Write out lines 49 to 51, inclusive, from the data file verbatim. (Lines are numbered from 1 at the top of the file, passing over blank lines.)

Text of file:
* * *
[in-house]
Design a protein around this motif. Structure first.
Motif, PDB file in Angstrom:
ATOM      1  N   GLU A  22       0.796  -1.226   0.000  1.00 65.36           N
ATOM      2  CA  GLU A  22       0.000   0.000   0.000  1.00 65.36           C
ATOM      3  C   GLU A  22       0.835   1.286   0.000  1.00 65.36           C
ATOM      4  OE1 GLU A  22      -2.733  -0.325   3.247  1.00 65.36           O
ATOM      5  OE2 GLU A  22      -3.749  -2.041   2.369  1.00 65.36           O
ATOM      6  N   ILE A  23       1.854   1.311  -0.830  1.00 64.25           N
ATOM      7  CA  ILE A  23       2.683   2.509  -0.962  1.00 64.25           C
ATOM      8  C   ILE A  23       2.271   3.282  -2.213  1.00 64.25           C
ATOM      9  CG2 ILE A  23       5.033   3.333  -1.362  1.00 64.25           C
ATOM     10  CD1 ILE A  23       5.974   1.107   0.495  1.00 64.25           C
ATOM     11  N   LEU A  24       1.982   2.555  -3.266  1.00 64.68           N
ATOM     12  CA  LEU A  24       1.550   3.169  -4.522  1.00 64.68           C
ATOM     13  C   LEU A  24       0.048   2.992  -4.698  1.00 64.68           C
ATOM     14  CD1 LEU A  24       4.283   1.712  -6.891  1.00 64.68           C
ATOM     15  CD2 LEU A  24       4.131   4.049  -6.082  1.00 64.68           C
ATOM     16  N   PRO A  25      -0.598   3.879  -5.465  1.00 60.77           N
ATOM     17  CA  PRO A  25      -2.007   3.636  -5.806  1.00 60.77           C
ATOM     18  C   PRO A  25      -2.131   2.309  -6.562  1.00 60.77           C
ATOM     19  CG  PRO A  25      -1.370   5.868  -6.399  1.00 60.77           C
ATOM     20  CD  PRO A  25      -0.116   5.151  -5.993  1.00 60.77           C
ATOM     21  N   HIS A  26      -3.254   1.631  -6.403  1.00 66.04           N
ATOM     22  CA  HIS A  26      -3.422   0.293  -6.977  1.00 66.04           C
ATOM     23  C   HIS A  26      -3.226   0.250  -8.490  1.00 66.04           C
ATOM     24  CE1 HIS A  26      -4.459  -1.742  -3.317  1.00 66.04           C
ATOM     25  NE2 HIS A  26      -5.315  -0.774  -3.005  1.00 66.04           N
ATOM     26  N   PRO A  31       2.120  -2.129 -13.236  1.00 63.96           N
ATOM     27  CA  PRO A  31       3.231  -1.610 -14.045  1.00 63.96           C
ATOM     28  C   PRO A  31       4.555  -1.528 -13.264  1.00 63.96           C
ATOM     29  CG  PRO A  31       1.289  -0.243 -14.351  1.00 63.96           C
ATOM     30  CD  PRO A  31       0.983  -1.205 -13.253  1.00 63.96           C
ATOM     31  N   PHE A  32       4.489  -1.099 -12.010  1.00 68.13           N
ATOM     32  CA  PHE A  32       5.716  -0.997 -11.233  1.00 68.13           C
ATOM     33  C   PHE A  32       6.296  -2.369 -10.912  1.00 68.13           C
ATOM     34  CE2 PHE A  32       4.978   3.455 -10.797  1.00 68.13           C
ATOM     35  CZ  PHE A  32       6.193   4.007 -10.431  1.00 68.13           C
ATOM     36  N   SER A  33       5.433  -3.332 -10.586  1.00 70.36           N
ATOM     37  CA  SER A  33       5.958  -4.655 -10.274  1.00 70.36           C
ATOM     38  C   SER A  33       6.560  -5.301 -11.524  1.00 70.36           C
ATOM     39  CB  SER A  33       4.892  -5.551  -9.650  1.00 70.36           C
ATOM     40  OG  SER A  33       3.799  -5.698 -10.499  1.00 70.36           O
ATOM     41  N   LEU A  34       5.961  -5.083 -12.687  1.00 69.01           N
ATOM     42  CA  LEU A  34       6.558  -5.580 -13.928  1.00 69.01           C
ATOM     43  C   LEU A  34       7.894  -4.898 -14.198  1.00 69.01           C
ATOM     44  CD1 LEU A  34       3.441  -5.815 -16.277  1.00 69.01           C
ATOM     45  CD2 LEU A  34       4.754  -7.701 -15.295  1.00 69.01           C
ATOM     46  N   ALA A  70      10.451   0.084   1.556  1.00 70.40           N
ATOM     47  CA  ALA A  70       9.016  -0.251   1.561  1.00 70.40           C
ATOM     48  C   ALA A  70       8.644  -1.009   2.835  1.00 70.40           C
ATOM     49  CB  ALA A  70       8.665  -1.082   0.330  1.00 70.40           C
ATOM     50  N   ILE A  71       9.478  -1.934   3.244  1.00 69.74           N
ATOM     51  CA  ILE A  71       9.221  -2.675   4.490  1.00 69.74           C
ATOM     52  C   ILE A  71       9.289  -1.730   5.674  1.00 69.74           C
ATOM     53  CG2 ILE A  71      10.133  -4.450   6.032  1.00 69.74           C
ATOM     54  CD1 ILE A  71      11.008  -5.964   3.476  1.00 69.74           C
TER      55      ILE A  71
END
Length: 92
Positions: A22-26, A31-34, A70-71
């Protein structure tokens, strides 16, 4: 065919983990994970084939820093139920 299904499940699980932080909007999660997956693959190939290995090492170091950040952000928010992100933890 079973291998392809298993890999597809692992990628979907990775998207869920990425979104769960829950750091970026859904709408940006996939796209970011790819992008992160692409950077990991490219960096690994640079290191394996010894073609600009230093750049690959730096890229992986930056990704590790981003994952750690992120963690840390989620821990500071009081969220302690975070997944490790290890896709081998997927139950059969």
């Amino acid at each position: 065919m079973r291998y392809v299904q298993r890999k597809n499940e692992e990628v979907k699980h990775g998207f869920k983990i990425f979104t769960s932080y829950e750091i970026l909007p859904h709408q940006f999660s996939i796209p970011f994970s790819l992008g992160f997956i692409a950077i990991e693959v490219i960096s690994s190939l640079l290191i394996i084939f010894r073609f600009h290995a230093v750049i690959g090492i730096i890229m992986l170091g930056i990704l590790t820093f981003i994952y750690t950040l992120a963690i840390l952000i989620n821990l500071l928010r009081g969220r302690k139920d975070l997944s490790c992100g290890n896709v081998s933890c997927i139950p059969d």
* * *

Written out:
ATOM     46  N   ALA A  70      10.451   0.084   1.556  1.00 70.40           N
ATOM     47  CA  ALA A  70       9.016  -0.251   1.561  1.00 70.40           C
ATOM     48  C   ALA A  70       8.644  -1.009   2.835  1.00 70.40           C